By Ian Pollock Personal finance reporter, BBC News
14 November 2014
Image caption The average instant access interest rate is just 0.42% according to the Bank of England
Mortgage and savings rates have been at rock bottom levels for more than five years, ever since the Bank of England cut its Bank Rate to just 0.5%.
Many experts had thought that a rise in Bank Rate would come soon though, as the economy picked up, and that mortgage and savings rates would rise in its wake.
Now, received wisdom has changed, and sharply.
On Wednesday, the Bank, in its quarterly inflation review, surprised some observers by forecasting that inflation will probably fall even lower, and stay there for longer.
The Bank's governor, Mark Carney, forecast that the main measure of inflation might fall below 1% in the coming six months, and that it might also not rise back above the official target level of 2% for another two years.
This suggests that the first small rise in Bank Rate may not happen for at least another year, because if prices do not pick up, there will be little reason for the Bank to use its main anti-inflation weapon - higher interest rates - to keep them down.
So, what are the immediate prospects for mortgage and savings rates?
Five experts give their views.
Sylvia Waycot, Moneyfacts
Moneyfacts more or less invented the concept of the price comparison service for savers and borrowers, back in the days when it was a monthly newsletter, before the advent of the internet.
As such, it has its finger firmly on the pulse of changing rates and conditions for savings accounts and mortgage loans.
Sylvia Waycot reminds us that the government's Funding for Lending Scheme (FLS), which started two years ago, provided lenders with cheap money for up to four years.
And this meant they could slash their savings rates because they just did not need to attract as much money from savers any more.
Waycot says that process is still going on: "Savers' rates in the past few months have still been falling, though not by huge percentages."
"There is also less choice of savings accounts as many providers are rationalising, for instance by offering one cash Isa instead of three," she adds.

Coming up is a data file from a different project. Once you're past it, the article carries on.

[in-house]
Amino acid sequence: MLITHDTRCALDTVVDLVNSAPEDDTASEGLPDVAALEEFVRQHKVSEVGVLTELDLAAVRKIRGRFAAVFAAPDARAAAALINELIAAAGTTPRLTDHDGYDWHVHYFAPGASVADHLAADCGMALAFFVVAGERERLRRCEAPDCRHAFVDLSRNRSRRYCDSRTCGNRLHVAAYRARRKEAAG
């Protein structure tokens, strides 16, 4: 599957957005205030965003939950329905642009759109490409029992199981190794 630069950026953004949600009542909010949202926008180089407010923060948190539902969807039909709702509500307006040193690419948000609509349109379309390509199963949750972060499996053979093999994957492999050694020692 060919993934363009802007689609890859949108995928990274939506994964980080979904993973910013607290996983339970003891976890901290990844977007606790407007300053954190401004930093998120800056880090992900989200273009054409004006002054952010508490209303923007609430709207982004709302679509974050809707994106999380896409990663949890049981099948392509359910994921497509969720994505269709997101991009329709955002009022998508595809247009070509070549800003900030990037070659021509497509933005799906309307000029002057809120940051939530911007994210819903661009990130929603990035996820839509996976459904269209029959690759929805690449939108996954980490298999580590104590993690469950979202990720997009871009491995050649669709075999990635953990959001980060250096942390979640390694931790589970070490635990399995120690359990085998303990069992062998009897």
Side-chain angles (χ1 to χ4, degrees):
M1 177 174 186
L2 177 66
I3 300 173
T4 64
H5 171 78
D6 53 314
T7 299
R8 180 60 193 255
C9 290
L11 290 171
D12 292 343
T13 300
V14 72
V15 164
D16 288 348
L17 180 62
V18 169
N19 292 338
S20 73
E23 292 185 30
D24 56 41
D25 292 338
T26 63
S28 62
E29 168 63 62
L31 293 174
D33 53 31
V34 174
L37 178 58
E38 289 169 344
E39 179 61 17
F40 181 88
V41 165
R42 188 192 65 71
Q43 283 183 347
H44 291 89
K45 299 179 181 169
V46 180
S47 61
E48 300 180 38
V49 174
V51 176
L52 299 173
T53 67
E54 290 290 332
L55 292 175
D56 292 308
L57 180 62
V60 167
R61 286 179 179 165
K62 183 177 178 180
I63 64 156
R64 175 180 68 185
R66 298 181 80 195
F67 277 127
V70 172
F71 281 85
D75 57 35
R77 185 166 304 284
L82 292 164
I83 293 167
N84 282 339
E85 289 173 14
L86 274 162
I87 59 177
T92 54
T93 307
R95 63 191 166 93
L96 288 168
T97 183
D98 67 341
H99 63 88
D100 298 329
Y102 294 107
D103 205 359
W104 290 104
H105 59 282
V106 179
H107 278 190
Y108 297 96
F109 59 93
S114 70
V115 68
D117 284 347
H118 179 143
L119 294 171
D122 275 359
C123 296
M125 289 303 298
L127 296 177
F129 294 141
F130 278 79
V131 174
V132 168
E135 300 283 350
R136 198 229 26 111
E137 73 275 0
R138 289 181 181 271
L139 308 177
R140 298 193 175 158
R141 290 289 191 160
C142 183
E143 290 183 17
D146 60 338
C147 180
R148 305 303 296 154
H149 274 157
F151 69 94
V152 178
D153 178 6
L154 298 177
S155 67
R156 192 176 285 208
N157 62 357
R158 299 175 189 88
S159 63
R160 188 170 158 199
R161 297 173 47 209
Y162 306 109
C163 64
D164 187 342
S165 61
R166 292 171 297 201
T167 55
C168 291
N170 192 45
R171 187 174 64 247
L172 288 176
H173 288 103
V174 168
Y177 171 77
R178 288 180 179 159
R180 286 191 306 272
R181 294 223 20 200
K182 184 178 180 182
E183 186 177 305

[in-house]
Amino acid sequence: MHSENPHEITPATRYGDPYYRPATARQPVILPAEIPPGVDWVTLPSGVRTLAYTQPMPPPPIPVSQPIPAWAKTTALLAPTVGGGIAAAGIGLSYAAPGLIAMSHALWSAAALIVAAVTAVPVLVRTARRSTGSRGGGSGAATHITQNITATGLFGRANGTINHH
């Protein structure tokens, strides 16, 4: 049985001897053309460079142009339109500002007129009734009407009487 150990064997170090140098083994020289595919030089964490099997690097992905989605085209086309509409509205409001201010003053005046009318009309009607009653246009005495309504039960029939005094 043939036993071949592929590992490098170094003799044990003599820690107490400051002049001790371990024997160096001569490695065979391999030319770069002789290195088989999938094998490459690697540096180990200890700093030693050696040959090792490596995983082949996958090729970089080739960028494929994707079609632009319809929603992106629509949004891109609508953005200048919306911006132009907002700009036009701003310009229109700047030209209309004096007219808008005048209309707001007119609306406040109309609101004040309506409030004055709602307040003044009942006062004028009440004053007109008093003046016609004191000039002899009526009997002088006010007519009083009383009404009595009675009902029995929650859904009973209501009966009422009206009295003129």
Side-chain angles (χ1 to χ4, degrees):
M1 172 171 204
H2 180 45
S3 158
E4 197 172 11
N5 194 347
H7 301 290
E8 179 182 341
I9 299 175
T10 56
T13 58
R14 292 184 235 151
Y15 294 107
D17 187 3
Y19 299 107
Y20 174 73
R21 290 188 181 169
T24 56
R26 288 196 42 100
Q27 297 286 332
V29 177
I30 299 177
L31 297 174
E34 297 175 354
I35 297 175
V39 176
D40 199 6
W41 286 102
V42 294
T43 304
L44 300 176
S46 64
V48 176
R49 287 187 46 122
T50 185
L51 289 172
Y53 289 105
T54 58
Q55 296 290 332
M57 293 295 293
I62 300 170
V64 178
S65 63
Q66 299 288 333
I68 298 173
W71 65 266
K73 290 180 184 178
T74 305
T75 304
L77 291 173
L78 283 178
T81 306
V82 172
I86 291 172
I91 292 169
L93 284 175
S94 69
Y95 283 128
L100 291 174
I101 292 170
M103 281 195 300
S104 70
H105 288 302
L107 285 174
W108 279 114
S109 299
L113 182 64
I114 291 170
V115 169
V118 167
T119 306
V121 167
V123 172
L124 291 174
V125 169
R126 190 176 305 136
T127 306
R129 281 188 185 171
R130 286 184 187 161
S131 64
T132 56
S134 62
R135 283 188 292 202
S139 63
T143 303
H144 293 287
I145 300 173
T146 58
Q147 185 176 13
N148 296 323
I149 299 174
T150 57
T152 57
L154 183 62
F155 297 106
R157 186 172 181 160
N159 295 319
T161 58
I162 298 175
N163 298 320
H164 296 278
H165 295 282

Will this go on?
"We just don't know," says Waycot.
"And if rates do rise we are not sure that savers' rates will rise immediately either, as some banks and building societies will still be funded by the FLS money they borrowed."
Andrew Montlake, Coreco mortgage brokers
Image caption Low mortgage rates have helped property sales to rise again in 2014
With property sales still rising, arranging mortgages for would-be buyers has become a thriving business again, especially as applying for a home loan has become a much more complicated process than before.
At London-based Coreco, spokesman Andrew Montlake thinks mortgage rates
still have a bit further to fall.
In his view the most competitive deals, for people with the biggest deposits, will get close to the previous low point seen about a year ago when, for some borrowers, a five-year fixed rate deal could be had for less than 2.5%.
"I think we will see lenders cut five-year rates below the magical 2.5% level," says Montlake.
"Lenders want to lend and there is more competition in the market, so conditions are conspiring to push rates down," he adds.
Ed Stansfield, Capital Economics
In pondering the future, economist Ed Stansfield cautions against placing too much weight on the recent comments from the Bank of England.
He reminds us that Mark Carney has backtracked on an explicit warning he gave earlier this year, that people were becoming too complacent and that rates might rise as early as this autumn.
"My hunch is that we are probably close to a floor for mortgage rates," says Stansfield.
"I don't think there will be a mortgage price war so rates will probably track sideways until Bank Rate does rise.
"As for savings rates, I don't think they will change unless there is a change in financial market rates - how much lower can savers rates go?" he asks.
Ray Boulger, John Charcol mortgage brokers
Image caption A revival of house building has been one beneficial side-effect of the recent rise in mortgage lending
Ray Boulger says the Bank of England's recent comments have not in fact made much difference.
"Many people in the financial markets had already anticipated that the next rate rise would be in the second half of next year," he says.
"So the outlook for interest rates is not significantly different from last week."
Can mortgage rates fall further though? Boulger thinks not.
"It's hard to see mortgage rates falling; in my view rates are on the floor or close to the floor."
As for savers, "their rates are predicated on Bank Rate and as that is unlikely to be cut so savers' rates are unlikely to be cut," he adds.
Bernard Clarke, Council of Mortgage Lenders
The big concern for lenders is how their borrowers will react once mortgage rates do rise.
Even if the big day has been put off to late next year, and the eventual increase comes in small steps, borrowers will still have to pay more.
But before then?
"Mortgage and savers' rates are at a historic low point, so they don't seem likely to go much lower," says Bernard Clarke at the CML.
"However, the courses of mortgage rates will be upwards at some stage, so borrowers need to think about how well prepared they are for that.
"People can't be complacent as we still don't really know when the first rate rise will come - expectations ebb and flow," he adds.
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